I notice that those who whine about businesses giving married gay couples benefits, never are against the benefits per se, not when they are the recipients. They only find it an issue when the businesses are “forced” to give the same benefits to gay couples that they already give to straight couples. Yet the businesses themselves have pointed out that marriage discrimination forces them to treat valuable employees differently.

    As for the idea that the marriage contract should not be government business at all. Unless one is an anarchofundamentalist then libertarians have long held that government courts and such are there to deal with contracts. In marriage that means when there are disputes, such as divorce. It is absurd to refer to it as a marriage contract if the contract has no legal validity.

    1. First, it was “you made up that stuff about wedding photographers.”

      Then it was, “well, sure it happened, but this has no relationship to gay marriage, since New Mexico only has a gay-rights statute, not a gay-marriage statute.”

      Well, it seems that New Mexico sure comes close. They certainly recognize one of the benefits of marriage – wedding photographs.

      If private businesses are this vulnerable when SSM is only partially recognized, what happens when it’s fully recognized?


      Read that, and then post again, Storey. Take notes, if necessary.

      1. Oh, and cram your blog up your ass.

    3. why should people who couple get benefits that singles don’t, bigot?

      1. Good point. Let’s see if he answers it.

  11. “marriage discrimination forces them to treat valuable employees differently”

    Are you referring to some law against partner benefits? Would you furnish us with a link?

  12. Govt should not authorize marriage, interfere with the right of association between law abiding citizens or promote one life style over another. Gov. Johnson for president.

  13. Officer, am I free to gambol across Fire Island?

  14. Officer, am I free to sashay at the Sadie Hawkins dance?

  15. Gay marriage shouldn’t be political . It has to be a decision taking in consideration the human rights . Why should it be a way of selling politics instead of a normal way of life for those who want it ?

  16. I am all for gay marriage to be legal but this guy’s argument is flawed. He says, marriage is a personal and religious issue. Government has no say in it but has to provide benefits to you once you are married. Note that the definition of marriage is a your private business and maybe your religion’s. Well what if I decide to marry a goat? It’s my personal, private decision in which government has no right to advise me. But now that I’m married to an object of my choice the government has to provide me with the benefits other married couples get.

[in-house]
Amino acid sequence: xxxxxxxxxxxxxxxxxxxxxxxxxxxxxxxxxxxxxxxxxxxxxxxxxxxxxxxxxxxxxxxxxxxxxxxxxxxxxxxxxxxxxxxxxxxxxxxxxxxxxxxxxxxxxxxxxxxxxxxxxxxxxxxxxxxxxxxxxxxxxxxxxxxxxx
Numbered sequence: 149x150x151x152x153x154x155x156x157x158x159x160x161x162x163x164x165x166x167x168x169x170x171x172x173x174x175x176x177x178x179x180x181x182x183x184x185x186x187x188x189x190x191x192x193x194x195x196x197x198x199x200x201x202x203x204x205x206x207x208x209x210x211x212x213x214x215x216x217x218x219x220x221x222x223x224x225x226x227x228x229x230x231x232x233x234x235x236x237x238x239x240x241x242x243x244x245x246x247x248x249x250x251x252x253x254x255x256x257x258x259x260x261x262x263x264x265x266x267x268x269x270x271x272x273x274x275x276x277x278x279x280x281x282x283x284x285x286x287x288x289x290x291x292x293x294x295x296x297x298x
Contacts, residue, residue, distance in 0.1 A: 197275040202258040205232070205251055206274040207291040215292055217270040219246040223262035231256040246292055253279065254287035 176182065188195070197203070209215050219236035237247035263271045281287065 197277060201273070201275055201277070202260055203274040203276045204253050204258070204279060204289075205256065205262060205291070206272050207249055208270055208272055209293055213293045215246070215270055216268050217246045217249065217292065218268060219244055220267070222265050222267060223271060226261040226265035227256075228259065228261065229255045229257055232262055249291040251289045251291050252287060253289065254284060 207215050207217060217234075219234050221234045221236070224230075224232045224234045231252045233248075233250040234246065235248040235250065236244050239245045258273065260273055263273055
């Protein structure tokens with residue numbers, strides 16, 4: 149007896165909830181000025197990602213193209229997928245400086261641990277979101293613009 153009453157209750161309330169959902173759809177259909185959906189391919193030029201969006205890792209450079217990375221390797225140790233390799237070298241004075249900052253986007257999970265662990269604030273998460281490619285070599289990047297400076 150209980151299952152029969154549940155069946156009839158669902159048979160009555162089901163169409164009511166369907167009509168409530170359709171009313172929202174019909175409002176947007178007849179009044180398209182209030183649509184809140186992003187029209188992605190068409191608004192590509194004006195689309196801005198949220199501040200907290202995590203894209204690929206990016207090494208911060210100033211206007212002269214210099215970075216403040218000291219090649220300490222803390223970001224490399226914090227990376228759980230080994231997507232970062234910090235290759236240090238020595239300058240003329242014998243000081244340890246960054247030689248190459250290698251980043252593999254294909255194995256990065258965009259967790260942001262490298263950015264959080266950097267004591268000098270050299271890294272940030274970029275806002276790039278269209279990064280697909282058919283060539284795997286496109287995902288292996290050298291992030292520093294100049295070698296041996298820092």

17. Government provides certain benefits to married people whereas, what does your religion provide you with once you get married?? Nothing! Religion should have nothing to do with marriage. Any way you look at it government has more rights do demand something of you in matters of marriage since it provides you financial benefits for being married. Religion is not involved in any way except the ceremony which is a meaningless 15 min thing that doesn’t affect your financial future.

    1. Only 15 minutes?

      The phone call to the *caterer* to make sure they’re arriving on time takes longer than 15 minutes.

      It takes more than 15 minutes for the bridesmaids to argue over what *socks* to wear.

      Even the wedding ceremony affects your financial future, not to mention the marriage itself.

      And the minister who presided over the ceremony would probably say that it’s more than one’s *financial* future that’s at stake.

      1. 15 minutes?! You hired the wrong caterer Ed.

  18. his support for gay marriage

    Does the couple have to be gay?

  19. If Johnson had been campaigning for the LP nomination all along, I’d be for him. But, I hope we learned from the Bob Barr episode that we don’t just grab any old Republican loser who comes along, looking to be a big fish in our smaller pond.

    1. Any old Republican loser who comes along, looking to be a big fish minnow in our smaller pond puddle.

  20. The worst form of inequality is to try to make unequal things equal.

    1. Aristotle hates gays, too!

      1. Why to bigots always seek corroboration?

        1. They don’t – they rely on unsupported assertions and name-calling.

  21. I want Johnson on the LP ticket in 2016, not 2012. Let him be Root’s VP candidate in 2012. The bumper stickers would be great.

    Root & Johnson – See America Rise Again

  22. Thank you for the article was very helpful, I liked his discussion and hopefully a lot of other people who may read this article.